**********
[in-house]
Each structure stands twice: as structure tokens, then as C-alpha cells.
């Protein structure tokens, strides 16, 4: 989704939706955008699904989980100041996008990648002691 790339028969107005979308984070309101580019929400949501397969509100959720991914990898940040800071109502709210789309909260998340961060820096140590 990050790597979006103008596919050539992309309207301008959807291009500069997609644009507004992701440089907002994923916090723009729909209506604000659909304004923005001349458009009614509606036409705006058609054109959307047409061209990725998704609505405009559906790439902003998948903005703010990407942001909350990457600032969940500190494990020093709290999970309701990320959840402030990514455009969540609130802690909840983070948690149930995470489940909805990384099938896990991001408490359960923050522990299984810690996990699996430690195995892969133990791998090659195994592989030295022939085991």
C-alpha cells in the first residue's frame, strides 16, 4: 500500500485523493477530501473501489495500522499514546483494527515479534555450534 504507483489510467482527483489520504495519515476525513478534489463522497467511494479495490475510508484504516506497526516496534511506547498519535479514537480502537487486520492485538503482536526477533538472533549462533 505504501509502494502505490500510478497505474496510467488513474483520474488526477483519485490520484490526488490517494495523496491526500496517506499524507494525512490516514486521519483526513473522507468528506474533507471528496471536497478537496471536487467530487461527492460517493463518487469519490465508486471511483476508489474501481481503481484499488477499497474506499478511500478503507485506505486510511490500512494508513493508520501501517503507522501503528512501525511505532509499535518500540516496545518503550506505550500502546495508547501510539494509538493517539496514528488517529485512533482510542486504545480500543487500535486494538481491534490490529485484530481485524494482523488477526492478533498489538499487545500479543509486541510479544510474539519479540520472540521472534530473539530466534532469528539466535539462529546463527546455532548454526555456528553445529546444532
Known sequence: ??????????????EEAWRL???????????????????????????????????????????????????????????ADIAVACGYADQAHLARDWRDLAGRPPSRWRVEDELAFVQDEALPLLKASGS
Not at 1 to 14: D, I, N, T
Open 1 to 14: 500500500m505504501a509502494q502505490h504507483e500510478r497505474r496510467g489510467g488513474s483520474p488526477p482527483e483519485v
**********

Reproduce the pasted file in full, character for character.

[in-house]
Each structure stands twice: as structure tokens, then as C-alpha cells.
């Protein structure tokens, strides 16, 4: 989704939706955008699904989980100041996008990648002691 790339028969107005979308984070309101580019929400949501397969509100959720991914990898940040800071109502709210789309909260998340961060820096140590 990050790597979006103008596919050539992309309207301008959807291009500069997609644009507004992701440089907002994923916090723009729909209506604000659909304004923005001349458009009614509606036409705006058609054109959307047409061209990725998704609505405009559906790439902003998948903005703010990407942001909350990457600032969940500190494990020093709290999970309701990320959840402030990514455009969540609130802690909840983070948690149930995470489940909805990384099938896990991001408490359960923050522990299984810690996990699996430690195995892969133990791998090659195994592989030295022939085991």
C-alpha cells in the first residue's frame, strides 16, 4: 500500500485523493477530501473501489495500522499514546483494527515479534555450534 504507483489510467482527483489520504495519515476525513478534489463522497467511494479495490475510508484504516506497526516496534511506547498519535479514537480502537487486520492485538503482536526477533538472533549462533 505504501509502494502505490500510478497505474496510467488513474483520474488526477483519485490520484490526488490517494495523496491526500496517506499524507494525512490516514486521519483526513473522507468528506474533507471528496471536497478537496471536487467530487461527492460517493463518487469519490465508486471511483476508489474501481481503481484499488477499497474506499478511500478503507485506505486510511490500512494508513493508520501501517503507522501503528512501525511505532509499535518500540516496545518503550506505550500502546495508547501510539494509538493517539496514528488517529485512533482510542486504545480500543487500535486494538481491534490490529485484530481485524494482523488477526492478533498489538499487545500479543509486541510479544510474539519479540520472540521472534530473539530466534532469528539466535539462529546463527546455532548454526555456528553445529546444532
Known sequence: ??????????????EEAWRL???????????????????????????????????????????????????????????ADIAVACGYADQAHLARDWRDLAGRPPSRWRVEDELAFVQDEALPLLKASGS
Not at 1 to 14: D, I, N, T
Open 1 to 14: 500500500m505504501a509502494q502505490h504507483e500510478r497505474r496510467g489510467g488513474s483520474p488526477p482527483e483519485v